Directed By: Daryl Duke
Starring: Rip Torn, Ahna Capri, Elayne Heilveil, Michael C. Gwynne, Jeff Morris, Cliff Emmich, Cara Dunn, Frazier Moss
Payday follows a day and a half in the life of modestly successful country music singer Maury Dann (Torn). Maury has racked up a hit song or two, and exploits his modicum of stardom to the hilt, surrounding himself with a team of enablers to clean up after the messes he creates. He burns through people almost as fast as pills and booze, but there always seems to be someone on deck to continue to meet his needs. The film follows Maury on an odyssey through the state of Alabama during the eventful downtime between a gig at a bar and some recording and television appearance dates in Nashville.
In a rare lead performance Rip Torn goes for broke as the monstrous and yet strangely charismatic Maury Dann. Maury has almost no redeeming social values and his behavior ranges from amoral to flat-out immoral depending on his state of mind and sobriety. In many ways, the film amounts to a catalog of personal atrocities committed by Dann to almost every character he encounters, and yet through Torn's performance and glimpses into Maury's shambles of a family life (pill-popping mother, ex-wife and kids he barely even knows), one gets the sense that behind the hedonistic selfishness and bluster is a very lonely man heading towards an abyss.
The film is darkly comic if one can manage to avoid any empathy for the hangers-on which Maury exploits for sex, money, transportation, or whatever else he might need. It also feels very knowing about the music industry machine and the life of a 1970s touring country performer. One of the best scenes involves Maury and a disc jockey from a small local station maintaining a front of folksy charm while locked in a kind of dance of mutual exploitation during an on-air appearance by Maury.
In addition to Torn's bravura lead role, for which he does his own (serviceable) singing, the film is filled with interesting supporting performances from actors of varying levels of experience. Dependable character actor Cliff Emmich steals more than a few scenes as Maury's devoted driver with a hidden yen for the culinary arts. Newcomer Elaine Heilveil gives a somewhat unpolished performance, but this somehow works to the advantage of her naive, vacuous character who finds herself caught up in "Hurricane Maury". Ahna Capri is appropriately pathetic as Maury's semi-regular squeeze who appears to have more than a few bad miles on her personal odometer. Michael Gwynne perfectly captures the essence of an officious, seen-everything manager with a roll of cash to throw at every problem. Gwynne was a popular disc jockey for a number of years before pursuing screen acting, and probably had a lot of personal experience with such characters from which to draw. The film is also notable for being Saul Zaentz's first foray into the feature film business. He does not take an on-screen credit, but he was in charge of the Production Company "Fantasy Films" which was set up with profits from his record company.
The film looks absolutely pristine on this transfer which fills the entire 16:9 enhanced frame. It features rock-solid colors, excellent detail, and no video or compression-related artifacts.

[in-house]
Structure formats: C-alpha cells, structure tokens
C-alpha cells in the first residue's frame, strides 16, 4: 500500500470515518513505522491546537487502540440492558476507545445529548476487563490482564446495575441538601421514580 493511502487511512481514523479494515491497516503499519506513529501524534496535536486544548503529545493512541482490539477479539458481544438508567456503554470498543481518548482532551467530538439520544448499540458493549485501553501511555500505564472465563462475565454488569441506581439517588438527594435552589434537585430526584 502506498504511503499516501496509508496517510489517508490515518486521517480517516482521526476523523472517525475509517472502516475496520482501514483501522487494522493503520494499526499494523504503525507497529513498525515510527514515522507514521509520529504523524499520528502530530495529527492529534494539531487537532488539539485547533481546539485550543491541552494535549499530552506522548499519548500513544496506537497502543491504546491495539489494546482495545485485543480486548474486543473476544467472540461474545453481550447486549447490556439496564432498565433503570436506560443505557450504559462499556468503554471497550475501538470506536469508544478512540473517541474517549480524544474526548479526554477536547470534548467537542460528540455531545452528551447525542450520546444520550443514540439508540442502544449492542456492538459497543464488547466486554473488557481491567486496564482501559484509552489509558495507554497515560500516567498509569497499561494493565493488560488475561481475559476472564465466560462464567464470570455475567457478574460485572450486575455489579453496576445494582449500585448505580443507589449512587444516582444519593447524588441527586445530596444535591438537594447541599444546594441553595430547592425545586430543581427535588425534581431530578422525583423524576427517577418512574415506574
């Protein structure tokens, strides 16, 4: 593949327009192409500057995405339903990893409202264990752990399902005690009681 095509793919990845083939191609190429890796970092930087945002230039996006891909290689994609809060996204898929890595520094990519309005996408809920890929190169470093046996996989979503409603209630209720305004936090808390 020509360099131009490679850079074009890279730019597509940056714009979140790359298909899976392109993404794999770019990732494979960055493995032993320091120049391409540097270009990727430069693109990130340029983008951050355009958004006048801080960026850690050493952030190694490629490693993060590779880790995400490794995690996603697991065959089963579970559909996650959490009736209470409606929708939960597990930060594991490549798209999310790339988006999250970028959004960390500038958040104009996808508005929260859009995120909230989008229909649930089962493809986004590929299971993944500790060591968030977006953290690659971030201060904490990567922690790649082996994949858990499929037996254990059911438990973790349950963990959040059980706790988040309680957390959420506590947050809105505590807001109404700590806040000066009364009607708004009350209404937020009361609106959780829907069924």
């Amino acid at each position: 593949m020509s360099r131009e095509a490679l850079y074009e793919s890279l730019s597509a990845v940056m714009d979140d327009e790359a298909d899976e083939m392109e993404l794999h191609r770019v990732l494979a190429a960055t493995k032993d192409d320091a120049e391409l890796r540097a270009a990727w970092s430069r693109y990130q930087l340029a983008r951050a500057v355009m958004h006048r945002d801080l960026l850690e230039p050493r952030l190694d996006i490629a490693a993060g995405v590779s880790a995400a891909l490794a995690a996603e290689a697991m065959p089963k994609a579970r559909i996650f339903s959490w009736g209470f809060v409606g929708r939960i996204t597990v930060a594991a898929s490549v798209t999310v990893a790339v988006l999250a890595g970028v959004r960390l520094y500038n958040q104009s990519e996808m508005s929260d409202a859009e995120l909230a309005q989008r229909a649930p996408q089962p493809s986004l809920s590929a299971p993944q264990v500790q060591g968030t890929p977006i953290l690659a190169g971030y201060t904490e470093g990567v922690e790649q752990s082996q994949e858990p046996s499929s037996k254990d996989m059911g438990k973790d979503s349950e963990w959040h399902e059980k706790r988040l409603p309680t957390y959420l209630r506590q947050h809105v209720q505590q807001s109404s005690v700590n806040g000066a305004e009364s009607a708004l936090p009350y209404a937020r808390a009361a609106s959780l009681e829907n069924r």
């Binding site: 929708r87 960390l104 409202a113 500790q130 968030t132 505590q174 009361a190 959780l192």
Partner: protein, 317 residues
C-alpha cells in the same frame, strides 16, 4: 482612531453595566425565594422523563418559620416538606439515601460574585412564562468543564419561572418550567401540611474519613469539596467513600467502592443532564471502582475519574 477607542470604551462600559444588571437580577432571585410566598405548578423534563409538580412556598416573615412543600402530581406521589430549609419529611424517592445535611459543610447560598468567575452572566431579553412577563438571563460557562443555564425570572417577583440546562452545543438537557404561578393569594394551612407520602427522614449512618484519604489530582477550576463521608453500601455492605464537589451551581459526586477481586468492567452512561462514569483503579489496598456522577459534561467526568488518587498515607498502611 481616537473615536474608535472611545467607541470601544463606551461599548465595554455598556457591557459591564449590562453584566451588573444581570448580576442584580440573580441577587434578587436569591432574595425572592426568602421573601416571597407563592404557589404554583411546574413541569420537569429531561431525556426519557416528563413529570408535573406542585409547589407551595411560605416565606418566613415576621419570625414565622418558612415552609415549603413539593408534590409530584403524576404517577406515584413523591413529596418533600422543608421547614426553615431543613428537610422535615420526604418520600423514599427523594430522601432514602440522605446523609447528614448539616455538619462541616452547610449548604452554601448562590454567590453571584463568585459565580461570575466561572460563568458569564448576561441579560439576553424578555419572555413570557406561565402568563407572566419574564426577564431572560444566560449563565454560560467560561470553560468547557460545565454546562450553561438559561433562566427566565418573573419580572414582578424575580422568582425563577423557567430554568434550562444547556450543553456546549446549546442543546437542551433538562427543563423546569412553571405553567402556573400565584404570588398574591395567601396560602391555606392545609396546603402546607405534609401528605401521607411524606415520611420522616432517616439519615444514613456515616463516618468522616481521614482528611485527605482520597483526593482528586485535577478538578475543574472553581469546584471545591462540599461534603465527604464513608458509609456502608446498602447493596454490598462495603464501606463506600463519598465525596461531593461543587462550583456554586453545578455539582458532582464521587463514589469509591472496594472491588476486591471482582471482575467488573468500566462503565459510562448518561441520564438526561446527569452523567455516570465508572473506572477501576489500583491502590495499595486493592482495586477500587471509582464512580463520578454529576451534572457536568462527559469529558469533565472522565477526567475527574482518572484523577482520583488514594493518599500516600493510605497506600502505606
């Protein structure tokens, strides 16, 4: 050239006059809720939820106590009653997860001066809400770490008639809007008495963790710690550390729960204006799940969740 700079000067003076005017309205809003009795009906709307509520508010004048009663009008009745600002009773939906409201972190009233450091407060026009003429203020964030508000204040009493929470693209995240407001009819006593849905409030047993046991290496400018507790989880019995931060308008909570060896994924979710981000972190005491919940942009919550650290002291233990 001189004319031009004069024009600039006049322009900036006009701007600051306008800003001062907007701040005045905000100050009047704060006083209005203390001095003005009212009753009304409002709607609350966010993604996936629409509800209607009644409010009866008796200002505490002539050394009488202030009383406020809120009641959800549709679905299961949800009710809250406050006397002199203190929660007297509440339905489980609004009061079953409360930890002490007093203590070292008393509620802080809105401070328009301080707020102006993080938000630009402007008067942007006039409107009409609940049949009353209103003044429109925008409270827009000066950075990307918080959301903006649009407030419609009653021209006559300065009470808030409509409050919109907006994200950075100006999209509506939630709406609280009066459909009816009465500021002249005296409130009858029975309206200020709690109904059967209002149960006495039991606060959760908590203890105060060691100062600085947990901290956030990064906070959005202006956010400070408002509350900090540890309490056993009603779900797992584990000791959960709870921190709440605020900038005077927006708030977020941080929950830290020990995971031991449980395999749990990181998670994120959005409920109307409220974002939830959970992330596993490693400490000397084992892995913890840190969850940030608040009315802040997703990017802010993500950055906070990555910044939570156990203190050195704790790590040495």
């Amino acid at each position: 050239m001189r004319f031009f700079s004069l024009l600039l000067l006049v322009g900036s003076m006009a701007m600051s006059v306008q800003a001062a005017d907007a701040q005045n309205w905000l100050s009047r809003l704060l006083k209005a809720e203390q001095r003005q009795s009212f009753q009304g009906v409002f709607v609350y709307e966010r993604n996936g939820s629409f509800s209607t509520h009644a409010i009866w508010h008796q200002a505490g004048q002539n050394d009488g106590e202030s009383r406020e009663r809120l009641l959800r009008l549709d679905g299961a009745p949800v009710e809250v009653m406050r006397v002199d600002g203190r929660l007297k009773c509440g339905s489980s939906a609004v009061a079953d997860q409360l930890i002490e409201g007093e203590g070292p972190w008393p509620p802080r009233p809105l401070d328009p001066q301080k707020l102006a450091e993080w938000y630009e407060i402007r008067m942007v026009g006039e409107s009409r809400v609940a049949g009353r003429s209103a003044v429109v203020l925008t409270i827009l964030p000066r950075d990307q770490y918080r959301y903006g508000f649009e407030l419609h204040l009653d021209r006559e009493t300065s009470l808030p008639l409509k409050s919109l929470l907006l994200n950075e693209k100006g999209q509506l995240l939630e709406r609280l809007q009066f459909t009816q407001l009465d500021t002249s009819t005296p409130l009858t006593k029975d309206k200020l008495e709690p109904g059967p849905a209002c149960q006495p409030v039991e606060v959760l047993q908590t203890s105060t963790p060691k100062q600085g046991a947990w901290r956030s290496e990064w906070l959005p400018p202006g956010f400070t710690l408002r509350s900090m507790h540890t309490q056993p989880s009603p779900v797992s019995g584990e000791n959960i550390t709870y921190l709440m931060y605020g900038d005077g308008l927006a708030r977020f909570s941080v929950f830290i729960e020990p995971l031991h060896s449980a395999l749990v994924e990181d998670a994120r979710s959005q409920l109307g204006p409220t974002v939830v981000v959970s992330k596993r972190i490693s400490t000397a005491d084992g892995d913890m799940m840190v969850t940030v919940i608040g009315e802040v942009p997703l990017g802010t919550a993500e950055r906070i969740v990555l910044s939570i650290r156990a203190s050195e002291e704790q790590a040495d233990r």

Audio is presented in the form of a solid Dolby Digital 1.0 mono track. It gets the job done with decent fidelity for the music sequences with very low hiss and only an occasional slight harshness in some of the dialog.
The extras consist of the film's theatrical trailer and a commentary form Director Daryl Duke and Producer Saul Zaentz. Duke and Zaentz sit separately with their comments edited into a single track. Both say most of what they have to say about Payday within the first 20 minutes. After that, Zaentz splits his comments between some borderline narration statements about what is happening on screen and information about things he has learned during his career as a film producer. The latter range from fairly obvious statements (a reference to William Goldman's "Nobody knows anything" quote) to practical advice ("cast" your crew as carefully as you cast your actors). Zaentz also drops in a few interesting anecdotes about the production of Payday , his first film as an (uncredited) executive producer, and some of his other films. I only hope that I can remember things so clearly and speak so lucidly when I am in my mid-80s. Duke's comments are somewhat repetitive and largely pertain to how he wanted to capture a side of America that was left "on the cutting room floor" by other films and media of the time. It is fortunate for film fans that his comments were captured at all as he passed away fifteen months before this DVD was released.
The film comes in a standard Amaray-style case with cover art derived from the film's original promotional art featuring an image from the film of Torn's character whooping it up half hanging out of the window of a Cadillac.
If you are a fan of Rip Torn anxious to see him in a rare leading performance where he does his own singing or somehow think that Robert Altman's Nashville was not nearly a dark and cynical enough portrait of the 1970s country music business, then Payday is just the film for you. The film receives an outstanding audio and video presentation on DVD and an informative but spotty commentary from Director Daryl Duke and Production Company Executive Saul Zaentz.
Edited by Ken_McAlinden - 7/4/2009 at 01:14 pm GMT